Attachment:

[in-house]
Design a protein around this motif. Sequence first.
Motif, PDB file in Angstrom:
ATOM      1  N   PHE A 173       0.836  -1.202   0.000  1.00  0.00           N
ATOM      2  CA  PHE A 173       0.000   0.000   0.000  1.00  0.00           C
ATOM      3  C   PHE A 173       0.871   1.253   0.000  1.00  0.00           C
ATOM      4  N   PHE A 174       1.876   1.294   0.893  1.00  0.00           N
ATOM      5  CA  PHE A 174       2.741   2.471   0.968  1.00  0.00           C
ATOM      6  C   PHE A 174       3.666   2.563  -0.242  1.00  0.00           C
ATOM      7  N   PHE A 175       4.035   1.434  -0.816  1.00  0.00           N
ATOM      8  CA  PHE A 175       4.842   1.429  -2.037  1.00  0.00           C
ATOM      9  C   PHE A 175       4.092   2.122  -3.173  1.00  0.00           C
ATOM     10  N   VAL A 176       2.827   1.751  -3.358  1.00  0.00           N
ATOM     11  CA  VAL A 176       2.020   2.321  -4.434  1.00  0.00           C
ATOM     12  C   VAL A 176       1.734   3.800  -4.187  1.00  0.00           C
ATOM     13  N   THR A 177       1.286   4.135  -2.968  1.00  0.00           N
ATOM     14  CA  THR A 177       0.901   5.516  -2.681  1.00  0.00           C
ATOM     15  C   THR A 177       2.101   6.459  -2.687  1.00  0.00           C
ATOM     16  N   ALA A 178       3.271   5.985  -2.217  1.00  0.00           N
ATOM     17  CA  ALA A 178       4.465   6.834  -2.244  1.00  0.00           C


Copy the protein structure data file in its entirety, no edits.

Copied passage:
[in-house]
Design a protein around this motif. Sequence first.
Motif, PDB file in Angstrom:
ATOM      1  N   PHE A 173       0.836  -1.202   0.000  1.00  0.00           N
ATOM      2  CA  PHE A 173       0.000   0.000   0.000  1.00  0.00           C
ATOM      3  C   PHE A 173       0.871   1.253   0.000  1.00  0.00           C
ATOM      4  N   PHE A 174       1.876   1.294   0.893  1.00  0.00           N
ATOM      5  CA  PHE A 174       2.741   2.471   0.968  1.00  0.00           C
ATOM      6  C   PHE A 174       3.666   2.563  -0.242  1.00  0.00           C
ATOM      7  N   PHE A 175       4.035   1.434  -0.816  1.00  0.00           N
ATOM      8  CA  PHE A 175       4.842   1.429  -2.037  1.00  0.00           C
ATOM      9  C   PHE A 175       4.092   2.122  -3.173  1.00  0.00           C
ATOM     10  N   VAL A 176       2.827   1.751  -3.358  1.00  0.00           N
ATOM     11  CA  VAL A 176       2.020   2.321  -4.434  1.00  0.00           C
ATOM     12  C   VAL A 176       1.734   3.800  -4.187  1.00  0.00           C
ATOM     13  N   THR A 177       1.286   4.135  -2.968  1.00  0.00           N
ATOM     14  CA  THR A 177       0.901   5.516  -2.681  1.00  0.00           C
ATOM     15  C   THR A 177       2.101   6.459  -2.687  1.00  0.00           C
ATOM     16  N   ALA A 178       3.271   5.985  -2.217  1.00  0.00           N
ATOM     17  CA  ALA A 178       4.465   6.834  -2.244  1.00  0.00           C